Both the for-profit and not-for-profit sectors have so far involved themselves only to a limited extent in the war against Corona. However, in a crisis of such magnitude, it is imperative that all actors come together for a proactive, agile, collective response that can commission and utilise multiple strategies in parallel to minimising the spread and impact of the disease. The health sector is trying to implement several instructions without putting them into a comprehensive plan, thus leading to a lack of coordination of activities. Whether such lack of enthusiasm is because of the sectors’ reticence to embrace the risks involved, or the failure of the government to mobilise and make them partners in this war, is being debated. However, the private sector has resources which can substantially complement government action and contribute to winning this war — from disseminating information to expanding treatment facilities to making scarce hardware and software supplies available. The absence of a strong role by most NGOs (with the exception of BRAC and a handful of others), which have been at the forefront in almost all such crises in the past, is especially felt now. The war against Corona cannot be won single-handedly, and a united front with the involvement of every sector is a call of the day.
The role of the health workforce in this war has become controversial. Many healthcare professionals not directly dealing with the disease have receded from providing services, with many reportedly not turning up for their assigned duties. The interns at Mymensingh Medical College not joining the internship programme is a case in point, as well as numerous anecdotal reports of doctors not opening their private chambers, and hospitals curtailing their outdoor practices and patient admission. This is all due to the ‘fear factor’ prevailing among healthcare providers. Such actions stem from a feeling of insecurity among them due to a lack of protective gear and devices. But there are also positive examples whereabout many doctors, paramedics and lab technicians have kept many of the Surjer Hashi Clinics functional.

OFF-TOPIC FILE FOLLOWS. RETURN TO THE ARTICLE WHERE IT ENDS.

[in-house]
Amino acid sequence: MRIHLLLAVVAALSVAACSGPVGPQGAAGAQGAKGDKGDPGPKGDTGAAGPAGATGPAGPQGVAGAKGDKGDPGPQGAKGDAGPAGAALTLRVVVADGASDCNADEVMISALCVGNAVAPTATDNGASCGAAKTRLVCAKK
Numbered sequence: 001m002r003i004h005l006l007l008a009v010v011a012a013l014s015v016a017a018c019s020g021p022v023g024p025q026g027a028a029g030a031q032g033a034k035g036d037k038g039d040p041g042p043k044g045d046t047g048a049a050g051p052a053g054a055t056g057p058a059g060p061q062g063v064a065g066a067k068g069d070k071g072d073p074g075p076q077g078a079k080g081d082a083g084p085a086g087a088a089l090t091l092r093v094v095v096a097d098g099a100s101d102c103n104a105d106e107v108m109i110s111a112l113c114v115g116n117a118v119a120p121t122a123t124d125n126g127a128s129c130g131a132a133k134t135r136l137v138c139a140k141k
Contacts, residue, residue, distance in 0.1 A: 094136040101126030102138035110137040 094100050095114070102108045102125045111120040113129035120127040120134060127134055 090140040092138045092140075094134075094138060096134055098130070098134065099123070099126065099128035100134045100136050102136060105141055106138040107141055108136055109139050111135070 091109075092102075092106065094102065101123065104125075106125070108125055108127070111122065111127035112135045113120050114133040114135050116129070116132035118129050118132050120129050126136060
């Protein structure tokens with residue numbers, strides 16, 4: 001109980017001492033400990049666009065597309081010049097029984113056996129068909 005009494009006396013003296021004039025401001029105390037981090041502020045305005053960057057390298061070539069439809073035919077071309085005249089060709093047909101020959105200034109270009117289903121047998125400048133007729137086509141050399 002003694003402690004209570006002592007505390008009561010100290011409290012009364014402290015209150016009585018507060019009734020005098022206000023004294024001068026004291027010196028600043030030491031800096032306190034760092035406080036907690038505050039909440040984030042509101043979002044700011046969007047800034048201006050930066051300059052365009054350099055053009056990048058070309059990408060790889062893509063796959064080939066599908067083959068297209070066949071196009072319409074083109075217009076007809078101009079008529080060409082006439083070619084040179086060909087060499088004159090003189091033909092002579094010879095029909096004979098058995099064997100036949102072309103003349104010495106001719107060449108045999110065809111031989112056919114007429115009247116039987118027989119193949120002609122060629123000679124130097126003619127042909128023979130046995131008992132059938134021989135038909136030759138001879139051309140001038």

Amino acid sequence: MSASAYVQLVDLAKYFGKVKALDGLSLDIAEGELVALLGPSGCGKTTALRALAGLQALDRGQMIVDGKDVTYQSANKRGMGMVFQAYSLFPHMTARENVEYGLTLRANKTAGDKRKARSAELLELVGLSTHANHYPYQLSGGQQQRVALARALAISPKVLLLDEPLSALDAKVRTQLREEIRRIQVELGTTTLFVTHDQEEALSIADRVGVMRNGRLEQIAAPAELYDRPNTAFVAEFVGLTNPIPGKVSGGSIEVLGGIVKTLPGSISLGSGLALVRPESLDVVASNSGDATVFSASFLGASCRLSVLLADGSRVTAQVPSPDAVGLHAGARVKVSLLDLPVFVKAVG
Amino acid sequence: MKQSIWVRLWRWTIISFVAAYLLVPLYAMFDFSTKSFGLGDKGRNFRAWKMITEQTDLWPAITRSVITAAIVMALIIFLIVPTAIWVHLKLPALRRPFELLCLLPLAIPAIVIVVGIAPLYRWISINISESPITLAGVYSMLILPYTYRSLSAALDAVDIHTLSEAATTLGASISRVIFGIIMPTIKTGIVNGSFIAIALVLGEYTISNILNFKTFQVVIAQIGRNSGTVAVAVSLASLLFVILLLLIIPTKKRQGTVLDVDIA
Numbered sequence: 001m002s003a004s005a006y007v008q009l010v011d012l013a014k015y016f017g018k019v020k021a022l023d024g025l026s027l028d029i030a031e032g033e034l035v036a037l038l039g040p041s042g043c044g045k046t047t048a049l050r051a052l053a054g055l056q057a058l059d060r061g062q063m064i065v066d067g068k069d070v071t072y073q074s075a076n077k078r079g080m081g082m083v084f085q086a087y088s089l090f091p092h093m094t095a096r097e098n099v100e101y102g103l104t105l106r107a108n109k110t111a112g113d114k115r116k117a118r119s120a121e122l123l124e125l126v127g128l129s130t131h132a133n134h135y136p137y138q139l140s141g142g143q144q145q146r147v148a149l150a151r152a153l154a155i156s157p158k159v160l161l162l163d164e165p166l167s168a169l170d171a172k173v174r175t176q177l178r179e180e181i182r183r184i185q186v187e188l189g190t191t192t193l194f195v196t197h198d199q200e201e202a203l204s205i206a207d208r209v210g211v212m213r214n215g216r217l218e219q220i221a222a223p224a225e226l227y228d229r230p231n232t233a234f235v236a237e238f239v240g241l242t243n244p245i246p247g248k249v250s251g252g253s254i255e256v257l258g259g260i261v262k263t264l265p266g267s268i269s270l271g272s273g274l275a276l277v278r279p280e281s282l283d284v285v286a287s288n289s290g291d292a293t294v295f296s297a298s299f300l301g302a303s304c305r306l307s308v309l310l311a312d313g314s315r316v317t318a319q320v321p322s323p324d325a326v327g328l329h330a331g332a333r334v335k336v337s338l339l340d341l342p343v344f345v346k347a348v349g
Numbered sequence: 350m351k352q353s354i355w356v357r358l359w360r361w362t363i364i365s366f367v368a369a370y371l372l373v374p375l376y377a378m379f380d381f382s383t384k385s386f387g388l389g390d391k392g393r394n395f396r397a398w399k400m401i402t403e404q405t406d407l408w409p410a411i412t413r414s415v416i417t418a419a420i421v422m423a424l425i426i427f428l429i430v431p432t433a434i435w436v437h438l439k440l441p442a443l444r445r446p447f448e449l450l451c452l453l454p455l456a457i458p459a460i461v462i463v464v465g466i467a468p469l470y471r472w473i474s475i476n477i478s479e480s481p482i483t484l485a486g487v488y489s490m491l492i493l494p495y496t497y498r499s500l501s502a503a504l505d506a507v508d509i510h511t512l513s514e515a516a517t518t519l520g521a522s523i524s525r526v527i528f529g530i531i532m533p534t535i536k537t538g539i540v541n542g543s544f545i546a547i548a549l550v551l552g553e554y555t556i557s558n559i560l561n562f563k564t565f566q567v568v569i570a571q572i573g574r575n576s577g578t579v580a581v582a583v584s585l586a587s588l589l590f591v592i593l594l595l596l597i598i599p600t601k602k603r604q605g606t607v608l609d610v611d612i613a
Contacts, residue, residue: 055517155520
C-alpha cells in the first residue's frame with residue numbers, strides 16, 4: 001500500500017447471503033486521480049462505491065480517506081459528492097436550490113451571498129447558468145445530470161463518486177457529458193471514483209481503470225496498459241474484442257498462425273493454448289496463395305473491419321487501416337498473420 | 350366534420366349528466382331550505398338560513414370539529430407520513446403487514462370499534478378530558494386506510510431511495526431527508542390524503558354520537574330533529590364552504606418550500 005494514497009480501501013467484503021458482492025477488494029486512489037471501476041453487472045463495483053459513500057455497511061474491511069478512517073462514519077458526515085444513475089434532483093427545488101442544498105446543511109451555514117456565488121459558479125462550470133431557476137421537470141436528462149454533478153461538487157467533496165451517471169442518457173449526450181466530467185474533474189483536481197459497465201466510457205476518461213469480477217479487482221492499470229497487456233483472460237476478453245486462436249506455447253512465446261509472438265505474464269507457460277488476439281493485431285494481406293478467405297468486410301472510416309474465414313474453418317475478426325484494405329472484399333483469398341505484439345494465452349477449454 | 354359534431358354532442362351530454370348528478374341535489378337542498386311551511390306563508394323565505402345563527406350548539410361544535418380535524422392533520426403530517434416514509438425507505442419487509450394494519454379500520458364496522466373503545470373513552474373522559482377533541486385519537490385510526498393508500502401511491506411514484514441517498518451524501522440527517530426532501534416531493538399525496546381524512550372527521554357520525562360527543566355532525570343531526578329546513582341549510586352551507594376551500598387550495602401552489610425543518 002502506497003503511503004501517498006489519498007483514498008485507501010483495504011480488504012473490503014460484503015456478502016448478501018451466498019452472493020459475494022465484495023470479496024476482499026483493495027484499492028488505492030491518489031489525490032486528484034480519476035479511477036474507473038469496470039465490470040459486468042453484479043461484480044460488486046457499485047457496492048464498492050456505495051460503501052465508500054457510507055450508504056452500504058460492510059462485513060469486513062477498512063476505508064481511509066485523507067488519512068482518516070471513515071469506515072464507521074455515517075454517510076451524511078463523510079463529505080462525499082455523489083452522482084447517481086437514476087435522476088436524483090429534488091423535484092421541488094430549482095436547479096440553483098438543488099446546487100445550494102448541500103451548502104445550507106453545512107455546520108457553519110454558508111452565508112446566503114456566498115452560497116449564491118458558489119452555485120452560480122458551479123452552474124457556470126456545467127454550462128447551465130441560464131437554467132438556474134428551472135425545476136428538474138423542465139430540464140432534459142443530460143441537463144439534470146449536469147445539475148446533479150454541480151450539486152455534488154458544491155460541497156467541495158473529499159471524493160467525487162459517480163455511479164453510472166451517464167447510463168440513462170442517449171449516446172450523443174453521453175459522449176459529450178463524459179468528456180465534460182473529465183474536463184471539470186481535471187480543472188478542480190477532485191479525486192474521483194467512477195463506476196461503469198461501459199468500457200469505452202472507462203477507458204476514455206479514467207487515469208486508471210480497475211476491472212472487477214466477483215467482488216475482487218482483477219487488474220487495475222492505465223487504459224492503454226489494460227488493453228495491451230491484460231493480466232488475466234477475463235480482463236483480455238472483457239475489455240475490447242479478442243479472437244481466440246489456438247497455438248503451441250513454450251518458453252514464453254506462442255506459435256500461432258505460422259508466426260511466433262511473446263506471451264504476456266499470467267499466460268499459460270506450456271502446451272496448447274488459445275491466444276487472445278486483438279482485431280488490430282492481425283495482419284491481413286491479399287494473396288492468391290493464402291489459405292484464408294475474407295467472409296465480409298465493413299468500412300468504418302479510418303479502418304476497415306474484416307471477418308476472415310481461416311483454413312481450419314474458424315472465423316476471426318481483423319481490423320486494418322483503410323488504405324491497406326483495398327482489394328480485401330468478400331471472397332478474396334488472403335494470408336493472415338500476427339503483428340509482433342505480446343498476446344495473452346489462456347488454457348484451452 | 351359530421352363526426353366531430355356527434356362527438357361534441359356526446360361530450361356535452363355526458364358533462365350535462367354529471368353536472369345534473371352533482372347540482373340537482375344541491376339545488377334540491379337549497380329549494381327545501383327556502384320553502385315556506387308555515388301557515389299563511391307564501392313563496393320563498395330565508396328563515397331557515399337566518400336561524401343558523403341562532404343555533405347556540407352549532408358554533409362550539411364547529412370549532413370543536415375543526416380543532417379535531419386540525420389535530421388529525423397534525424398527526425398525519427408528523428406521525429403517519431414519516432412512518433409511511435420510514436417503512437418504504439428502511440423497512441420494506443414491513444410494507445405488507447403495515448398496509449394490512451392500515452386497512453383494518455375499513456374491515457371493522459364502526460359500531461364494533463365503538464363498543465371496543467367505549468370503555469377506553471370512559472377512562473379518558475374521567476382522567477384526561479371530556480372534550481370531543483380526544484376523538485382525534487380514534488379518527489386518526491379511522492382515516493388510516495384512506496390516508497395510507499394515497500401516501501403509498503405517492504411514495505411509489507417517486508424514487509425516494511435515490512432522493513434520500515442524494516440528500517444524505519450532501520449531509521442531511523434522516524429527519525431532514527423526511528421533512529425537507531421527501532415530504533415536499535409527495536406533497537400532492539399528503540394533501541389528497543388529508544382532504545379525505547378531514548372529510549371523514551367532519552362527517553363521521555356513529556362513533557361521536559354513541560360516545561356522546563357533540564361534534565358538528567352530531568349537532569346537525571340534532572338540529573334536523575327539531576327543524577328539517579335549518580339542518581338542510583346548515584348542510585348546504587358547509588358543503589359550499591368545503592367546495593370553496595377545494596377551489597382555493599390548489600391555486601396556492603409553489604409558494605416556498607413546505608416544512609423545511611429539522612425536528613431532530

It is only natural to expect that healthcare professionals will live up to the commitments they had subscribed to when they signed up to be a health professional. However, appreciation and recognition of their work could do much to boost the morale of this group.
The government, meanwhile, is under pressure from the Middle Eastern countries to bring the remaining workers back, numbering about 100,000. Fortunately, they are living in countries which are not yet hotspots for the virus. Once they return, we must ensure a better management of the quarantine and isolation.
The plight of the wage labourers and other vulnerables at the time of lockdowns is well known also. We are heartened to see many private citizens and civil society groups providing succour to them. However, many of these are done without proper management, creating new grounds for virus transmission. The government’s plan to deliver food to individual homes is a welcome move but it has to ensure that the real needy get the support. In this, the government may wish to solicit participation of the NGOs who are known to have grassroots contacts without political affiliation or favour. It is important for the NGOs to bring their workers back to the field to participate in the fight, particularly in promoting social distancing — they have the potential to contribute immensely if they work in coordination.
Finally, the government needs to be resolute and decisive in its policy actions. Whatever draconian route the measures may take, there is hardly any alternative to it if we wish to avert a big calamity. Ambiguity in policy implementation will only hasten the crisis. Every crisis is also an opportunity and we should not let the current one to go to waste. This pandemic is a reminder to reconsider the functioning of our health systems and how we can make it more robust to in order to face major crises such as Covid-19 and the unfinished agenda of high mortality, morbidity, malnutrition and fertility. Can this crisis create enough enthusiasm for the government to work zealously towards universal health coverage?
The Bangladesh Health Watch is a civil society initiative, set up in 2006, to monitor progress in good health for all. The Secretariat of the Watch is hosted by BRAC James P Grant School of Public Health, BRAC University. Email: firstname.lastname@example.org